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Huarache de Asada is a very popular Mexican street food. It is a large masa (corn flour) tortilla that is piled high with salsa, vegetables, sliced beef, herbs, and queso (cheese).
Huarache literally means shoe, more specifically the sole of an open sandal. The masa tortilla base of the dish is oblong in shape and a little thicker than your typical tortilla. Asada refers to something that is roasted or grilled. Carne asada is cooked meat, beef in this case.
It is believed that Huaraches originated in Mexico City around the early 1930s. They were prepared and served from a street vendor’s stall that was situated near the La Viga navigation channel. The vendor’s name was Carmen Gomez Medina. Today, these treats are a staple at Mercado de Jamaica, a central market in Mexico City.
What I really like about this recipe is some of the authentically Mexican ingredients such as salsa roja and nopales. Salsa roja is a sauce made from dried red guajillo and árbol chilis. These are at different ends of the Scoville scale in terms of heat, with árbol being at least twice as hot as guajillo. Nopales are the pads or petals of the nopal cactus. These are a nutritious vegetable that is a little sticky or slimy like okra. I recommend jarred nopales if you don’t live in a desert area where there are plentiful and fresh.
The carne or meat that I prefer for huaraches is either a flat iron or hanger steak. Both cuts are very flavorful and tender. But you do need to slice against the grain to avoid the beef being chewy.
When making this huarache recipe, prepare the salsa roja first and even a day ahead so the flavors and heat can really develop and intensify. I have broken this down into 2 recipes so you can follow the process easily.
For Salsa Roja:
- 10 dried guajillo chili peppers
- 6 dried árbol chili peppers
- 2 cups boiling water
- 3 cloves garlic peeled
- 2 plum or Roma tomatoes core removed
- 1 small onion peeled and cut in half
- 1 tsp kosher salt
For Huaraches de Carne Asada:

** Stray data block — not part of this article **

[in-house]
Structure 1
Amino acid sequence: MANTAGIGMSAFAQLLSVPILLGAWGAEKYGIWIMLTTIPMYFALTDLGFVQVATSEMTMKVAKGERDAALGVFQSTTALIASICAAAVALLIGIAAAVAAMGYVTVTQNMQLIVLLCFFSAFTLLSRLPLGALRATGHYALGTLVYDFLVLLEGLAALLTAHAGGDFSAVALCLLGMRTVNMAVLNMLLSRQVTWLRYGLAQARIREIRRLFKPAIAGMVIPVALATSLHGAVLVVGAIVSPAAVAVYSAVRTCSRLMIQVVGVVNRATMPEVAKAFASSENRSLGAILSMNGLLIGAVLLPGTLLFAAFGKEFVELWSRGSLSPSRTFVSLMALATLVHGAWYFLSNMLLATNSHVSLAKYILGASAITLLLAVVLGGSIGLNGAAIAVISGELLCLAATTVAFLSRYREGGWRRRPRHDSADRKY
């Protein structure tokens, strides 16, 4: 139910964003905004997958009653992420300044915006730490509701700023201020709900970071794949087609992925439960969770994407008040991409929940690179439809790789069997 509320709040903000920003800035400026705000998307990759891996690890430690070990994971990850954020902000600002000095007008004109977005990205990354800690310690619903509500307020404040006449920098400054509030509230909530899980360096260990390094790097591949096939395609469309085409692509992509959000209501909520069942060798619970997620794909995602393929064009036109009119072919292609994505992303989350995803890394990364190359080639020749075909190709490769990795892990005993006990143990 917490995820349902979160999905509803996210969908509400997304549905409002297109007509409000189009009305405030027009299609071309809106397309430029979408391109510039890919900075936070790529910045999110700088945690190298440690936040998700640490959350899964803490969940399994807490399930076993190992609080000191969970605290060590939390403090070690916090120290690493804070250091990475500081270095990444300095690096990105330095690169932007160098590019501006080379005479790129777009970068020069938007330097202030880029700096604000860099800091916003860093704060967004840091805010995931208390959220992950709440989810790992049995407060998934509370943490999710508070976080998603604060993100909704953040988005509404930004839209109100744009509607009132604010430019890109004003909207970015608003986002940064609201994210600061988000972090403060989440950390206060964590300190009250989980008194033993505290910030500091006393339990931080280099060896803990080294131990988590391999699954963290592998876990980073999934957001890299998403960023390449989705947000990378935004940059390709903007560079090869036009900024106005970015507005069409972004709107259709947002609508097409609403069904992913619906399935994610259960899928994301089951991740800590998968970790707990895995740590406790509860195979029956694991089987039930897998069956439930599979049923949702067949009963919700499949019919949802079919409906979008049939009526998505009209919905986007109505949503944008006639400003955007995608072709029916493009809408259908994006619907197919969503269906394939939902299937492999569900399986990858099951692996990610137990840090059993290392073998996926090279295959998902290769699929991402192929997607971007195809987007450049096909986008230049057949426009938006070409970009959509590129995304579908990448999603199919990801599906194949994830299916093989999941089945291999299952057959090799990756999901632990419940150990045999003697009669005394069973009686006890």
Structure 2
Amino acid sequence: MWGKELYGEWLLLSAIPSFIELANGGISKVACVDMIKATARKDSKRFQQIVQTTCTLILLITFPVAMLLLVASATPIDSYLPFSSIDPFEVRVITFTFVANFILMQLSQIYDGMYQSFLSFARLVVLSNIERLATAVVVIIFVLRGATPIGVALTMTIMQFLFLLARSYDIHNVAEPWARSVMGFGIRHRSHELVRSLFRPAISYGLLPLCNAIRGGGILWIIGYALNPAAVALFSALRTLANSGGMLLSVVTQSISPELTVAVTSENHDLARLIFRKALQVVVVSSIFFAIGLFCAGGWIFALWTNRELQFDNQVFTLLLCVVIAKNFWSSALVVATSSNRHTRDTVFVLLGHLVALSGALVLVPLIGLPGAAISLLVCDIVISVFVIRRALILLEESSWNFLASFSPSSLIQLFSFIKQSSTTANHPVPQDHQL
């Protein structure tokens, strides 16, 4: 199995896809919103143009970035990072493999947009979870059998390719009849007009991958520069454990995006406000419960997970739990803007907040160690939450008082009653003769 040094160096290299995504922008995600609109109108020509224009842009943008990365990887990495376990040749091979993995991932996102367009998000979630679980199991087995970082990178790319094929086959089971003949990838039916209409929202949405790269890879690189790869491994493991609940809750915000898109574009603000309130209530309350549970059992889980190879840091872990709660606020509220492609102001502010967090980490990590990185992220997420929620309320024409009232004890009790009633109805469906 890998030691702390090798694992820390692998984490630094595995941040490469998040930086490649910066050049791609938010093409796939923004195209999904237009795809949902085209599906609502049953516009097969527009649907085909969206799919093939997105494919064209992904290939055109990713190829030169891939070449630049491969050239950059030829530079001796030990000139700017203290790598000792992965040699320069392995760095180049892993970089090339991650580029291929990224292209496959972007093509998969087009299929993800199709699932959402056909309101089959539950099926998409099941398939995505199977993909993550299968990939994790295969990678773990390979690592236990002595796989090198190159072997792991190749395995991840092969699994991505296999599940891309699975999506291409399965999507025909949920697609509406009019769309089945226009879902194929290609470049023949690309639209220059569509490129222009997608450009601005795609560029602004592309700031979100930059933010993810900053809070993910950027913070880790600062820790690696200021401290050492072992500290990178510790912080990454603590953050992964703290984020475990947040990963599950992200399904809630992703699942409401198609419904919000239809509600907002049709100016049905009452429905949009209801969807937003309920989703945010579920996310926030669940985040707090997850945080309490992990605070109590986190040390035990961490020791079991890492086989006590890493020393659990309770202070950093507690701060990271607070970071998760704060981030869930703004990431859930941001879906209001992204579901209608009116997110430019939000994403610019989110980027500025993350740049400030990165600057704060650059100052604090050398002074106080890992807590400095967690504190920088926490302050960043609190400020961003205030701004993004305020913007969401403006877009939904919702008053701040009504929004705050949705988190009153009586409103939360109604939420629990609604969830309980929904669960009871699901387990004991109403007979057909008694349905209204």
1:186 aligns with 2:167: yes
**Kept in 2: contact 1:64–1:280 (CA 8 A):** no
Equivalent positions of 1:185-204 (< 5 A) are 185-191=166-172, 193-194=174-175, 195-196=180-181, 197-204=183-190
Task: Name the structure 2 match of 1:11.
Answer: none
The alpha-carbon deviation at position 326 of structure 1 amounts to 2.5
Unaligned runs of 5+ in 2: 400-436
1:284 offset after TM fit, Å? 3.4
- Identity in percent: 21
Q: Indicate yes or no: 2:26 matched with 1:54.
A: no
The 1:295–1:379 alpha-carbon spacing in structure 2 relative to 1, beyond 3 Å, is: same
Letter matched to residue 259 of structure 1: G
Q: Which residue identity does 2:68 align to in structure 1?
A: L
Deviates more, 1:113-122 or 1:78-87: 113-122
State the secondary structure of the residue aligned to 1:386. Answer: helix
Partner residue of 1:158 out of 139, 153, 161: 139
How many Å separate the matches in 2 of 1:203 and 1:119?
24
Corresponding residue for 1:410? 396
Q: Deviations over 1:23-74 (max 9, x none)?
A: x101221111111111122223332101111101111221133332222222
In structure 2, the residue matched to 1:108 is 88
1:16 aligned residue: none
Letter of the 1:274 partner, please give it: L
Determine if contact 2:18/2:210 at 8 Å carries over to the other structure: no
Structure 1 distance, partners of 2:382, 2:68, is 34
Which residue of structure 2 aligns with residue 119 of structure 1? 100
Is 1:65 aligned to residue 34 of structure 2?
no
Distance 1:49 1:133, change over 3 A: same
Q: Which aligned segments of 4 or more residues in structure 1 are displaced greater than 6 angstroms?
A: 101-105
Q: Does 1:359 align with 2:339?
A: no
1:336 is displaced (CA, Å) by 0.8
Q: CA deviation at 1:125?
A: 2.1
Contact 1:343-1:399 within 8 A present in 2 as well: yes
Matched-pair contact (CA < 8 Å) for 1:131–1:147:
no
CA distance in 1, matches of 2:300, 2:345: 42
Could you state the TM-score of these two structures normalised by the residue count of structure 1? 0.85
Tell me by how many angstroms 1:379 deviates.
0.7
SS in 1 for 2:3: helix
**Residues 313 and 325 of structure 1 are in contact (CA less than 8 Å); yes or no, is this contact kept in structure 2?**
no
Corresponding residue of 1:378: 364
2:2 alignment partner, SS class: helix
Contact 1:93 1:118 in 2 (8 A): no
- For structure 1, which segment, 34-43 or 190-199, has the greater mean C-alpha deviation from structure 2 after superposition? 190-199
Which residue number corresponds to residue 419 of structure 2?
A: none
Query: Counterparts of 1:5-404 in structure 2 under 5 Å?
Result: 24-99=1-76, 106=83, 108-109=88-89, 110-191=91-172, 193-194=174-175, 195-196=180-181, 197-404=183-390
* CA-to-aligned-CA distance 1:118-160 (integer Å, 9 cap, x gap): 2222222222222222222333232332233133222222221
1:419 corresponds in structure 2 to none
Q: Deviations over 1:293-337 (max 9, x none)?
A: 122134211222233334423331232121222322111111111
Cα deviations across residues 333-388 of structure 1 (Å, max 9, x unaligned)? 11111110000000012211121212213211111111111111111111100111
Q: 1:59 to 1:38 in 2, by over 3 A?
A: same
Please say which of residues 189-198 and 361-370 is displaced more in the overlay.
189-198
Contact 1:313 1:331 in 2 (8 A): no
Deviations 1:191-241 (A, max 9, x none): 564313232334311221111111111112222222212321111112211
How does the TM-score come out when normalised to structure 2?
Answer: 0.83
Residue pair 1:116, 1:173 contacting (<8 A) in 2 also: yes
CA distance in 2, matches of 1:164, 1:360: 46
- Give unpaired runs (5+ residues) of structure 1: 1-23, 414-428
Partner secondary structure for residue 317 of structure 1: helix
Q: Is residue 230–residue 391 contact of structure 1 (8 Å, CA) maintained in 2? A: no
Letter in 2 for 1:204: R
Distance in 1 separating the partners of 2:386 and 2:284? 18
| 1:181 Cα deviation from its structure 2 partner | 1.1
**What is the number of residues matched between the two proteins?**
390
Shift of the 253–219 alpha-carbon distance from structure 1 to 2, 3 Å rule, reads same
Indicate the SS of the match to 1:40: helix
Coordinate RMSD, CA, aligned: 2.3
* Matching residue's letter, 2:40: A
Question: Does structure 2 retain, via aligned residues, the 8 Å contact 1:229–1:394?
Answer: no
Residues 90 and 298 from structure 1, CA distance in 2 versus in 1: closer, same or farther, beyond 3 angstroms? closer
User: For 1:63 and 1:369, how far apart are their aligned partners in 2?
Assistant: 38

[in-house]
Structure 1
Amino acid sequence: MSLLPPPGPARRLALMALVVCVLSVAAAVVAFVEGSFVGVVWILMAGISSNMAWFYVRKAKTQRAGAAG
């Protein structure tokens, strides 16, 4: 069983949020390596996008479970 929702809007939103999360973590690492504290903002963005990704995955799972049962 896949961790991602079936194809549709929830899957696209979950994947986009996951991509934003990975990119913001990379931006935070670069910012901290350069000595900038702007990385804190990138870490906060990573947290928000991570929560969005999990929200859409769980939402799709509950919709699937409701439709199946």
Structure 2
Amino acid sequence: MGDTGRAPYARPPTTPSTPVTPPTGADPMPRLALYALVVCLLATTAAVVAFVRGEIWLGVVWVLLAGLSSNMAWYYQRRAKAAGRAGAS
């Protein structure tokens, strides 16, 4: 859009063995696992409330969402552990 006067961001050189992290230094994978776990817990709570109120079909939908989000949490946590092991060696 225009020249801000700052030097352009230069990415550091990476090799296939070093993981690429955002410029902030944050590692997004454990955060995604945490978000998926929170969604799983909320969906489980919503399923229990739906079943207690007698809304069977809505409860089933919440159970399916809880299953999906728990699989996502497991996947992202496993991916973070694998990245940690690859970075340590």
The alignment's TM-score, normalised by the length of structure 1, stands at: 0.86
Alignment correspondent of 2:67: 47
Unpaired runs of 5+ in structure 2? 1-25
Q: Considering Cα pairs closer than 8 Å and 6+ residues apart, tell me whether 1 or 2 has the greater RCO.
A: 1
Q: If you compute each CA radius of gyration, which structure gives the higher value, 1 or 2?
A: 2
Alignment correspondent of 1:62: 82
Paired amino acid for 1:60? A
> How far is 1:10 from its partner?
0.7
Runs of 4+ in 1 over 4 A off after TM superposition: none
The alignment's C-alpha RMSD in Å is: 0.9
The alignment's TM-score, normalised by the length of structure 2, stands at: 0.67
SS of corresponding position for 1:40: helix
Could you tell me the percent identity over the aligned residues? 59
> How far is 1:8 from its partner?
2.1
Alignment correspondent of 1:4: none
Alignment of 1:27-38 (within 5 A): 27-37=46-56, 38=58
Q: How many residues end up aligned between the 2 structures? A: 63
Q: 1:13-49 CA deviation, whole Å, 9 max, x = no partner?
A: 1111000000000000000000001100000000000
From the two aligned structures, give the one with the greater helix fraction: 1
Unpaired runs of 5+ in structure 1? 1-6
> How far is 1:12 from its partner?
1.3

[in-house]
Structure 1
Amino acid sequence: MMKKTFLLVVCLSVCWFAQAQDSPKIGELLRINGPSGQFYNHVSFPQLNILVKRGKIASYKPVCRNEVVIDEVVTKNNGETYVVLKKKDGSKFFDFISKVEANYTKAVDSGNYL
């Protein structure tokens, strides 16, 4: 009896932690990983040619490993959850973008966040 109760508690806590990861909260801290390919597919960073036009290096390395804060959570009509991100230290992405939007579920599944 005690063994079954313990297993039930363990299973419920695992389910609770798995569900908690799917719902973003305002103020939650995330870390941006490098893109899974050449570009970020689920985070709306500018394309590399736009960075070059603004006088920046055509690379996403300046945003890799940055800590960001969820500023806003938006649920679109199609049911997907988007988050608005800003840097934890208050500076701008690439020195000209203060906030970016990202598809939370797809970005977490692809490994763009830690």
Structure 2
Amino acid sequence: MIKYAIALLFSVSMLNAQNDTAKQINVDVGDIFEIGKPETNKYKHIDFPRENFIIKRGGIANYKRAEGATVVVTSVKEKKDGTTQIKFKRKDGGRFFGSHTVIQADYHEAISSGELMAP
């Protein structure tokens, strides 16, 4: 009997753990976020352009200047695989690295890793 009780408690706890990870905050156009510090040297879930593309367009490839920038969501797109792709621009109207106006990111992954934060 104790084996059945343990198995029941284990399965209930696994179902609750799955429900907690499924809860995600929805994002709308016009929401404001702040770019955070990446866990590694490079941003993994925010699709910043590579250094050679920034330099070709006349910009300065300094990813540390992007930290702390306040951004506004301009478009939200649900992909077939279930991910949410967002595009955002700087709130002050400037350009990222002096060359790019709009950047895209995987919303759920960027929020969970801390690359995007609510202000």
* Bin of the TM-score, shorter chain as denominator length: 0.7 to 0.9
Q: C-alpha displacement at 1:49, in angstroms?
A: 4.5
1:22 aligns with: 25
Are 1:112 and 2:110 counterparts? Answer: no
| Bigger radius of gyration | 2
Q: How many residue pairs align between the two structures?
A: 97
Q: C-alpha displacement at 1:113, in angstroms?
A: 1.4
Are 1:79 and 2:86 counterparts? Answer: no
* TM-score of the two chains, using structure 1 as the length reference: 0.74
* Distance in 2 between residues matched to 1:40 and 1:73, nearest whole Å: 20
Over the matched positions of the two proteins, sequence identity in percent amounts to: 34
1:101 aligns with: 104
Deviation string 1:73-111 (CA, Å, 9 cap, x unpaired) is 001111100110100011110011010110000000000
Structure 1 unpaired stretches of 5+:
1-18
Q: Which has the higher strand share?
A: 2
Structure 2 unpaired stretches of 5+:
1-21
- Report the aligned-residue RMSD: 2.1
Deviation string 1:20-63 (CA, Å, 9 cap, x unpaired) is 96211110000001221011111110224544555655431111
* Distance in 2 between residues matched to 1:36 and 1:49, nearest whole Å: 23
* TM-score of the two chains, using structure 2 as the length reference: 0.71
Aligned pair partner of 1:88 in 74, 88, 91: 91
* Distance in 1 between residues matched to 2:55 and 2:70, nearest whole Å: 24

- 1-1 ⁄2 cups masa harina
- 1-1 ⁄2 tsp kosher salt
- 1 cup warm water
- 1 ⁄2 cup plus 2 Tbsp avocado or canola oil
- 1 cup salsa roja see recipe above
- 2 oz Cotija cheese grated
- 1 seven-ounce flat iron or hanger steak
- Salt and pepper
- 1 medium onion peeled and cut into 1/4-inch thick slices
- 1 thirty-ounce jar sliced nopales drained and rinsed
- 1 ripe avocado pitted, peeled, and sliced into thin half-moons
- 2 Tbsp chopped fresh cilantro leaves
- 1 lime sliced into 4 wedges for serving
Salsa Roja Instructions
- In a large skillet over medium-high heat, add the guajillo and árbol chilis and toast until fragrant, turning over, approximately 1 minute.
- Transfer the chilis to a bowl and cover with the boiling water. Set this aside until the chilis have softened, approximately 20 minutes.
- Strain the chilis into a sieve with a bowl to catch the soaking water. Set the water aside. Remove the stems and seeds of the chilis. Place the chilis and 1 cup of the soaking liquid in a blender or bowl of a food processor.
- Place the skillet over high heat. Add the garlic, tomatoes, and onion to the pan. Cook, turning a few times, until everything is slightly charred on all surfaces. Remove the garlic at about 6 minutes, the onions at approximately 10 minutes, and the tomatoes at 15 minutes. Place all in the blender or food processor.
- Add the salt and blend or process until you have a thick, red purée, approximately 2-1/2 minutes. Transfer to a glass jar and store in the refrigerator until ready to serve.
Huaraches de Carne Asada Instructions: